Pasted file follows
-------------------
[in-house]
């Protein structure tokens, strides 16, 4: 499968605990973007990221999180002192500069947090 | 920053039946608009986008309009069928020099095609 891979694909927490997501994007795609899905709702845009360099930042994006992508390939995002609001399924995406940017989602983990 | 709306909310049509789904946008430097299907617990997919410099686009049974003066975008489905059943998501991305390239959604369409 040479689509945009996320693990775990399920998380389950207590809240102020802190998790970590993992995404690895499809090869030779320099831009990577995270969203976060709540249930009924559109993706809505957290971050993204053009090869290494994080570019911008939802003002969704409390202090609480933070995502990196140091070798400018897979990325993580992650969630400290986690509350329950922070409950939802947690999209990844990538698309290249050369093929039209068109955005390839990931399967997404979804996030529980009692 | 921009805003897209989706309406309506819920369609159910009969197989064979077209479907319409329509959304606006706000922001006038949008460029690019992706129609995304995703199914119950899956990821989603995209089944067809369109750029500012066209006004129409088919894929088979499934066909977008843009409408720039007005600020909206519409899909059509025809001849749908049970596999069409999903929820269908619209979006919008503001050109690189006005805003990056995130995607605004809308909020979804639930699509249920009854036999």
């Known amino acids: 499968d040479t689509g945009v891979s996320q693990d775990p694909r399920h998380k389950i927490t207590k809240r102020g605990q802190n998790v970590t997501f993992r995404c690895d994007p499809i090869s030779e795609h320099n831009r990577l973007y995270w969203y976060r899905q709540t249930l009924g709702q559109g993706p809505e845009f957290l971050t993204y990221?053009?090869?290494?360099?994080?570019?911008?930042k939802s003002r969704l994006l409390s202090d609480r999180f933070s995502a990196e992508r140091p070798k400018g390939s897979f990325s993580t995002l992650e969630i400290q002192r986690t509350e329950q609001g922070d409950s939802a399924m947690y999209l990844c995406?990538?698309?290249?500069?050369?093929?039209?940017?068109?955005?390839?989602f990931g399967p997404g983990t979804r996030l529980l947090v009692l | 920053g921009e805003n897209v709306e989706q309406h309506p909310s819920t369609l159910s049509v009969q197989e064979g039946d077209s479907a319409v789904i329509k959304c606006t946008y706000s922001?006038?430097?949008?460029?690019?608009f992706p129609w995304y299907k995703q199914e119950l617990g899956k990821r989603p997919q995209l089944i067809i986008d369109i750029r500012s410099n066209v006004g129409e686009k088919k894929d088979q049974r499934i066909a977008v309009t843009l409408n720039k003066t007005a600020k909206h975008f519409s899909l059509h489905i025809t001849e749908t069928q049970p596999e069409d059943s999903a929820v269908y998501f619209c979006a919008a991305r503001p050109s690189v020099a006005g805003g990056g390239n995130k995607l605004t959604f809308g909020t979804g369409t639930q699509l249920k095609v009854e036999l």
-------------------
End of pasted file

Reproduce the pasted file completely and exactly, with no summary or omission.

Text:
[in-house]
């Protein structure tokens, strides 16, 4: 499968605990973007990221999180002192500069947090 | 920053039946608009986008309009069928020099095609 891979694909927490997501994007795609899905709702845009360099930042994006992508390939995002609001399924995406940017989602983990 | 709306909310049509789904946008430097299907617990997919410099686009049974003066975008489905059943998501991305390239959604369409 040479689509945009996320693990775990399920998380389950207590809240102020802190998790970590993992995404690895499809090869030779320099831009990577995270969203976060709540249930009924559109993706809505957290971050993204053009090869290494994080570019911008939802003002969704409390202090609480933070995502990196140091070798400018897979990325993580992650969630400290986690509350329950922070409950939802947690999209990844990538698309290249050369093929039209068109955005390839990931399967997404979804996030529980009692 | 921009805003897209989706309406309506819920369609159910009969197989064979077209479907319409329509959304606006706000922001006038949008460029690019992706129609995304995703199914119950899956990821989603995209089944067809369109750029500012066209006004129409088919894929088979499934066909977008843009409408720039007005600020909206519409899909059509025809001849749908049970596999069409999903929820269908619209979006919008503001050109690189006005805003990056995130995607605004809308909020979804639930699509249920009854036999």
């Known amino acids: 499968d040479t689509g945009v891979s996320q693990d775990p694909r399920h998380k389950i927490t207590k809240r102020g605990q802190n998790v970590t997501f993992r995404c690895d994007p499809i090869s030779e795609h320099n831009r990577l973007y995270w969203y976060r899905q709540t249930l009924g709702q559109g993706p809505e845009f957290l971050t993204y990221?053009?090869?290494?360099?994080?570019?911008?930042k939802s003002r969704l994006l409390s202090d609480r999180f933070s995502a990196e992508r140091p070798k400018g390939s897979f990325s993580t995002l992650e969630i400290q002192r986690t509350e329950q609001g922070d409950s939802a399924m947690y999209l990844c995406?990538?698309?290249?500069?050369?093929?039209?940017?068109?955005?390839?989602f990931g399967p997404g983990t979804r996030l529980l947090v009692l | 920053g921009e805003n897209v709306e989706q309406h309506p909310s819920t369609l159910s049509v009969q197989e064979g039946d077209s479907a319409v789904i329509k959304c606006t946008y706000s922001?006038?430097?949008?460029?690019?608009f992706p129609w995304y299907k995703q199914e119950l617990g899956k990821r989603p997919q995209l089944i067809i986008d369109i750029r500012s410099n066209v006004g129409e686009k088919k894929d088979q049974r499934i066909a977008v309009t843009l409408n720039k003066t007005a600020k909206h975008f519409s899909l059509h489905i025809t001849e749908t069928q049970p596999e069409d059943s999903a929820v269908y998501f619209c979006a919008a991305r503001p050109s690189v020099a006005g805003g990056g390239n995130k995607l605004t959604f809308g909020t979804g369409t639930q699509l249920k095609v009854e036999l």